Dr Hew speaking with representatives of the government, business, media and other sectors at “Thirty Years of Fostering Growth: APEC Chile 2019 Priorities for Regional Cooperation,” a seminar held in Singapore this July.

When the G20 met in Osaka in mid-2019, many observers naturally strayed their gaze to the sidelines where the United States and China were meeting, hoping that they’d manage to soothe the trade tensions between their economies.

The summit has been criticized for not resolving all the issues that were on the table. Nonetheless, some progress was made. It resulted in a joint communique, an agreement to speed up much-needed reforms, and a truce agreed upon on the sidelines for a trade standoff that was heating up at an alarming rate just weeks prior.

It’s easy to imagine that concessions were given in large part because leaders met face to face. This should put to rest musings by commentators that multilateral meetings of this kind are useless or relics of the past.

Among the groups that will hold high-level meetings within the year is the 21-member Asia-Pacific Economic Cooperation (APEC), which will gather leaders in November in Chile. It will surely be subject to scrutiny as well. Many participants in APEC Economic Leaders’ Meeting will overlap with the G20, such as the presidents of China, Russia and the United States.

Last Monday, I got the chance to speak at a gathering of media professionals and some of APEC’s observers who will be tuning in for the Economic Leaders’ Summit, and hopefully all the smaller meetings before that.

From an outsider’s perspective, APEC is harder to wrap your head around compared to the G20, which holds top-level meetings more often, and which is simply a group of the world’s largest—and therefore most powerful—economies.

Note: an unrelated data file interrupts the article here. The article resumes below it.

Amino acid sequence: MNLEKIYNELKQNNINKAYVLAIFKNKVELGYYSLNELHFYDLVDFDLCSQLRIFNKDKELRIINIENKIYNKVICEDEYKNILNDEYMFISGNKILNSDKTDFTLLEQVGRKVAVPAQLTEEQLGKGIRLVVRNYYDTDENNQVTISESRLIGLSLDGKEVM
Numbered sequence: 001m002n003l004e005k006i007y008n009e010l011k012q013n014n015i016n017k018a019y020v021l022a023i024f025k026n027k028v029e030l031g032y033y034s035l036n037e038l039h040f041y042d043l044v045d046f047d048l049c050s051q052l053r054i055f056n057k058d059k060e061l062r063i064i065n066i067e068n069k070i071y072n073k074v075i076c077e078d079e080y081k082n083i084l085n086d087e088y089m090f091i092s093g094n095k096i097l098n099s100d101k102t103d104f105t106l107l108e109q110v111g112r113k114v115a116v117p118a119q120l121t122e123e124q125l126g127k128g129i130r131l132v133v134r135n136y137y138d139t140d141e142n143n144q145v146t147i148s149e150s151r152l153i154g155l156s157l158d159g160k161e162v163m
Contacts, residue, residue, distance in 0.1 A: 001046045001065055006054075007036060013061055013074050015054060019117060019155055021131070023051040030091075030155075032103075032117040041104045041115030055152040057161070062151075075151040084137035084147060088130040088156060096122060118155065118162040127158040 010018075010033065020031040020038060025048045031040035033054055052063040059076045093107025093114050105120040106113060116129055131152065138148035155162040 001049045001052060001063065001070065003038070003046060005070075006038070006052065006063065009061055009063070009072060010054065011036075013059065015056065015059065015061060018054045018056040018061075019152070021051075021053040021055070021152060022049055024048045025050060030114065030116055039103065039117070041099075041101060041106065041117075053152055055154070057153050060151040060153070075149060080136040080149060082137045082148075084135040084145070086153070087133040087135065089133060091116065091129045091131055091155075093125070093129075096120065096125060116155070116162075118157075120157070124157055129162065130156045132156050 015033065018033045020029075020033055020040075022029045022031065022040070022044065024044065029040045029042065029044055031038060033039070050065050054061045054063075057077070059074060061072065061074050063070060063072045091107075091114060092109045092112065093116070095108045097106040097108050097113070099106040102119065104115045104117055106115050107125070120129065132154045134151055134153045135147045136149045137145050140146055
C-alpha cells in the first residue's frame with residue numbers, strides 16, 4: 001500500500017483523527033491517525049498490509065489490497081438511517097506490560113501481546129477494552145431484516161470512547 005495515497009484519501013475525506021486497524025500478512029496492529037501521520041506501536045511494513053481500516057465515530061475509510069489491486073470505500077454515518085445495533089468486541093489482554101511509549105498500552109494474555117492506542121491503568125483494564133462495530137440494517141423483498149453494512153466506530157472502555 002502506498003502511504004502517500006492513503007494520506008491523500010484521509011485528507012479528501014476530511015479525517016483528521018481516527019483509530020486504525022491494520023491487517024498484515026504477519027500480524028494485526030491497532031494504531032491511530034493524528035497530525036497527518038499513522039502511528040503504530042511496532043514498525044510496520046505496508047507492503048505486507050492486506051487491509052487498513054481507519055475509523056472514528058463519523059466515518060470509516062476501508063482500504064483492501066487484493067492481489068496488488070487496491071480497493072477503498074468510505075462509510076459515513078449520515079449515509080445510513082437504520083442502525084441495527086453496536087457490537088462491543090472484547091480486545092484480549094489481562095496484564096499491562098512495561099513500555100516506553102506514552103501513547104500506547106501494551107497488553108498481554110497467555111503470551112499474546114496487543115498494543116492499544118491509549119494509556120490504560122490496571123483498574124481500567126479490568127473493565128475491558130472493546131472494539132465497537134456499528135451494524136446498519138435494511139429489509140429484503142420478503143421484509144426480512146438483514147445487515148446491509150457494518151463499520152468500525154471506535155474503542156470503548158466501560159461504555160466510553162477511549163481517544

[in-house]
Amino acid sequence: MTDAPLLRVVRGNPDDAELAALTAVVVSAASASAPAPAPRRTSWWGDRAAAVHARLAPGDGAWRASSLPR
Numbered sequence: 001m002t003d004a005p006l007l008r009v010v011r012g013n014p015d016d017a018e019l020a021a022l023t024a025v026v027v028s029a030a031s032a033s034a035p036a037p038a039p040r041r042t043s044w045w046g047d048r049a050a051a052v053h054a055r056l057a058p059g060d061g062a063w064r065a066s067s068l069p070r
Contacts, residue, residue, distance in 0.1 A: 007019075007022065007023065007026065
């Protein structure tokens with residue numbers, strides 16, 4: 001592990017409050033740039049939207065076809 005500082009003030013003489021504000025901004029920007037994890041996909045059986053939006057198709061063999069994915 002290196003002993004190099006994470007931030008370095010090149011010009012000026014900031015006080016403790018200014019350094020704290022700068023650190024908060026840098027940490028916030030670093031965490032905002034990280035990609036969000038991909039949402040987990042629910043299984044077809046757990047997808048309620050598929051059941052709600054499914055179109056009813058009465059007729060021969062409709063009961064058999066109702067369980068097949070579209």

APEC is smaller than G20; it is about 60 per cent of G20 in terms of population and GDP. But as a whole APEC represents more diversity, including in its roster more economies that are developing and have achieved middle-income status. This diversity lends it a unique perspective. Coupled with APEC’s system of voluntary participation and 30 years of experience, this has given the forum an understated reputation for dynamism and creative problem solving.

One of APEC’s flagship initiatives, aimed at achieving “free and open trade and investment” by the year 2020, contributed to an eight-fold increase in the value of the region’s trade between 1989 and 2018.

Growth is slowing and the economic outlook over the next few years look pessimistic. As I’ve mentioned before, trade used to be the biggest driver of growth in the APEC region, but is no longer as reliable. New sources of growth are clearly needed for the region to keep going and to maintain its economic dynamism. More worryingly, many APEC members have transitioned into middle-income economies, as well, and are at risk of falling into the “middle-income trap” of stagnant growth. Structural reform will be needed to address this, which is no easy task for policymakers.

Doubts are also growing about globalization. Many people feel that they are not getting their fair share of the benefits of economic and trade growth and that they are on the losing end of the deal. Stagnating real wage growth and widening income gaps only add fire to this skepticism. In this context, there is a need to be more transparent on the benefits and costs of globalization and economic integration and work towards a more equitable distribution of their gains.  

Friction between the world’s biggest economies complicates the situation, adding policy uncertainty to the brew. Economic repercussions are starting to become evident in lower GDP growth in 2018. A protracted dispute could further undermine global trade, investment, and growth, and a quick and positive resolution will not likely result in immediate positive gains.

Sustaining economic growth amid trade tensions and policy uncertainty while having to contend with idiosyncratic factors is a delicate balancing act. Solutions to this and other challenges, all of which involve many actors, should involve more multilateral and regional cooperation, and not less.

###

Dr Denis Hew is the director of the APEC Policy Support Unit.